Project management quick reference guide
1. Work Breakdown Structure (WBS)
One of the main reasons for producing a WBS is to focus your thinking. Take a top down view and document the major work areas. You can then subdivide further if the major work areas are too big.
Start with an overall project
Determine major deliverables / products to be produced. What major intermediate or final products or deliverables must be produced to achieve the project’s objectives?
Divide each major deliverable into its component deliverables in the same manner.
Divide each of these work pieces into its component tasks. What deliverables must I have to complete these components?
2. Start the project plan
1. All deliverables go into the project plan as milestones
2. A second set of milestones are the deliverables ready for QA. For example 'Brief ready for approval'. These occur close to the final deliverable but allow time for rework.
3. Add all the tasks or actions required to produce these deliverables. Estimate the time for each task.
• Don’t fall into the trap of thinking ‘if all goes well it will take #’. Be realistic. Some tasks will go to plan and some will take longer. Some may take less but these rarely cancel out the overruns.
• There will be tasks that become evident only after the project is underway. Consider making allowance in the plan for unspecified tasks. Look for any milestones along the way. Add these to the plan.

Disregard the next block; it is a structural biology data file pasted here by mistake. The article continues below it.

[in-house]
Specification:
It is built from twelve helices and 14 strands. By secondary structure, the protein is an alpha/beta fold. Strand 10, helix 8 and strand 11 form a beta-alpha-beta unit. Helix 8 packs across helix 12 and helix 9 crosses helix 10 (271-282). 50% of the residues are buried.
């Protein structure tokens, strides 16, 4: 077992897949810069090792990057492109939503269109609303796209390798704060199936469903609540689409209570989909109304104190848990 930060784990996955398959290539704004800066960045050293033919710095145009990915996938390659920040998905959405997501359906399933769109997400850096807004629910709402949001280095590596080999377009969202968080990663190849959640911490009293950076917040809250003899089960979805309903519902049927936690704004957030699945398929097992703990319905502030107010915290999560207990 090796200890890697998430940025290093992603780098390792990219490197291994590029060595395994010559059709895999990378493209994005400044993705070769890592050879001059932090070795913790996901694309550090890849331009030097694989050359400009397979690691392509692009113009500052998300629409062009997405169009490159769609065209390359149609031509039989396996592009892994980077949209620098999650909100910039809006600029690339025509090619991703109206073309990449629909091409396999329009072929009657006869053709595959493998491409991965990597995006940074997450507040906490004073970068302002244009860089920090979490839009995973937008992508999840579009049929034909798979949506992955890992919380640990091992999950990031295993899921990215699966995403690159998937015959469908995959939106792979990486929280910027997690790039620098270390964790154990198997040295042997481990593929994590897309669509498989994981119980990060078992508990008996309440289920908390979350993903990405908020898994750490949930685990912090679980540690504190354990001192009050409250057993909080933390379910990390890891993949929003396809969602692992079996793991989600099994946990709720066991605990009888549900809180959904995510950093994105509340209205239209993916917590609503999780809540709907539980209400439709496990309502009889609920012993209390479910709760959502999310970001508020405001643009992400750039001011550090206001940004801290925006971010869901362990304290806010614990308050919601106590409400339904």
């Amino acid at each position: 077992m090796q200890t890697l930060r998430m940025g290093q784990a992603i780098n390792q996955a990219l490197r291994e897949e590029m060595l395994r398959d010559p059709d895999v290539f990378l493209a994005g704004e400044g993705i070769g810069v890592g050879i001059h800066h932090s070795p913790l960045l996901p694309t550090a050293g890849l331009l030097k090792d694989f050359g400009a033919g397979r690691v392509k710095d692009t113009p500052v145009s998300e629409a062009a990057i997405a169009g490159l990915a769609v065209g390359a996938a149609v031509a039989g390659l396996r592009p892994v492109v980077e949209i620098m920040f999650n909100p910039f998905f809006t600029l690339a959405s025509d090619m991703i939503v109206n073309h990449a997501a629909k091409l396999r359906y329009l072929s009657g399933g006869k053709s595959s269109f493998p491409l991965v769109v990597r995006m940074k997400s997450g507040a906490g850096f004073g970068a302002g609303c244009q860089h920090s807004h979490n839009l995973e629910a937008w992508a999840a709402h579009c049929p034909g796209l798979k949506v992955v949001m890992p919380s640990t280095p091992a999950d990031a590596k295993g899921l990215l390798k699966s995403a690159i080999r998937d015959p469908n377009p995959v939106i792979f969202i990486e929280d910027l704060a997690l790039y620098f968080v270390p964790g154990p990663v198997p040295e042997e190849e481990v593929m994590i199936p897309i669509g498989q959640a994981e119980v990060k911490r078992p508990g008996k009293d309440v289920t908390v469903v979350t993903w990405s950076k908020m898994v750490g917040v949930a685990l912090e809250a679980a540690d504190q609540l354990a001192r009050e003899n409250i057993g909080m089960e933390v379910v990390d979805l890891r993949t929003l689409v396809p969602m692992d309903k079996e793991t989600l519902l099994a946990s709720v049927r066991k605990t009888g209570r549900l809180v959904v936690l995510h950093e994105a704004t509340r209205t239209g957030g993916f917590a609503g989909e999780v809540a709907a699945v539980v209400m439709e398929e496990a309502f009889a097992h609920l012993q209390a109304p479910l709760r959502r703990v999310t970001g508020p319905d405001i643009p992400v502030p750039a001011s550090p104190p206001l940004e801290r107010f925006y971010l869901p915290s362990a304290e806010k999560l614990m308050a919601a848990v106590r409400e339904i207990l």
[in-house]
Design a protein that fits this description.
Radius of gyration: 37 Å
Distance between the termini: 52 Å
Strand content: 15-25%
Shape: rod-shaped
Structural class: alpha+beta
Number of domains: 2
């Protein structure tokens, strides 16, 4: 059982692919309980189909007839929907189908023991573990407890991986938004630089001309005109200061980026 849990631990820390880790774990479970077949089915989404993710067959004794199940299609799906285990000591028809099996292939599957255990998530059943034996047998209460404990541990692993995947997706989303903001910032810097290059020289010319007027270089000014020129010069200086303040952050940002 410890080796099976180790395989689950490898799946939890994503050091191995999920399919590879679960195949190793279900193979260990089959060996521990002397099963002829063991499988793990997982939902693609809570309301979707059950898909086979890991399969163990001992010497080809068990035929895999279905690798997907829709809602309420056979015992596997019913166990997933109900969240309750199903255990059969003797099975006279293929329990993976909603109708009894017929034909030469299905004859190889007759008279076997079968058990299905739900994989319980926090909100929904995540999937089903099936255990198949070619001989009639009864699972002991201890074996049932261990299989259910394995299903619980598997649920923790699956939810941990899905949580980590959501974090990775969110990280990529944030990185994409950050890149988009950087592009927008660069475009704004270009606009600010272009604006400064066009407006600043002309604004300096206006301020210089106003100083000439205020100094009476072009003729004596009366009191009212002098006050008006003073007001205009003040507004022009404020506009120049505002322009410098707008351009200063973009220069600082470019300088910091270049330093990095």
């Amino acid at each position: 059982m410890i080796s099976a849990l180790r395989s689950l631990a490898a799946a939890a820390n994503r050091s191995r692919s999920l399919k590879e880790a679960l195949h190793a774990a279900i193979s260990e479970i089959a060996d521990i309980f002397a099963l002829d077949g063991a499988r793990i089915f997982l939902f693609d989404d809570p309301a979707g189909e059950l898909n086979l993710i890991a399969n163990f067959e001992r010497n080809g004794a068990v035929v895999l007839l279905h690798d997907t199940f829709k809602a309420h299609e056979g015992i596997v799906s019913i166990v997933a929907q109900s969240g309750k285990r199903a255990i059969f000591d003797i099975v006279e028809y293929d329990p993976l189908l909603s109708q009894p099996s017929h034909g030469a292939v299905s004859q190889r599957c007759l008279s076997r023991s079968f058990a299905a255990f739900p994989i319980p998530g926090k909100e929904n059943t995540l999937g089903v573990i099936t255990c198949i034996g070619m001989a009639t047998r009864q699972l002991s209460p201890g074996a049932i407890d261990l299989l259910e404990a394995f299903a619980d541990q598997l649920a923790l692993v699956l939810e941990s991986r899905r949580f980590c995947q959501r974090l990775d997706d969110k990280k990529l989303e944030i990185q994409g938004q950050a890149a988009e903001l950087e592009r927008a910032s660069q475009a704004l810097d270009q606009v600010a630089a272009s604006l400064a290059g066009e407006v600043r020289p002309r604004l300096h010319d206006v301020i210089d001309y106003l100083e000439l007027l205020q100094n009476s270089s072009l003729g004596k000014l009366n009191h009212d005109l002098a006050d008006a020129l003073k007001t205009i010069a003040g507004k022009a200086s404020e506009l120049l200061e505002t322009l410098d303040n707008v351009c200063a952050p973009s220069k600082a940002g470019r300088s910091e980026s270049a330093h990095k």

Key terms and definitions
Work Breakdown Structure
Deliverables are milestones, not tasks
Includes internal and external deliverables
things the project produces for the organisation
Things the project produces to enable the project to continue towards completion
Major areas of work within the project. One or two words.
Component deliverables to be completed for each major deliverable
completion of a deliverable. Starts with a noun.
Work packages for each Intermediate Deliverable. It must start with a verb.
Now start to add dependencies:
1. Look for what needs to be done before each step can be undertaken
2. Create your dependencies
a. May lead to changing the order in your Gantt chart to make it more logical
b. Might need to create another level in your WBS to clearly identify a group of activities
Example: WBS heading “Feasibility”. When you add your tasks and milestones, you realize that there are two major chunks of work: Plan and carry out workshops, and write a report. It may be worth creating two levels called “Workshops” and “Report”
1. You can now work out who is going to do all this work
2. Add resources to the tasks
3. Next to milestones only put one name, the person responsible for delivery
5. Review the Plan
Check the plan to make sure it is well structured. Here ten checks to carry out:
Are all deliverables included as milestones?
Do they have a quality check scheduled if required?
Is there time for rework after QA?
Are the work too big? Can you go down another level with the WBS?
Do all the tasks start with a verb
Do all the mile stone start with a noun?
Milestones keep focus, are there regular milestones?
Are all dependencies in place?
How reliant is the timing on everything going exactly as planned? Is there a buffer when something doesn't go to plan?
Are resources assigned to all tasks and milestones?
Note: Most big verbs pop open to reveal they contain lots of little verbs
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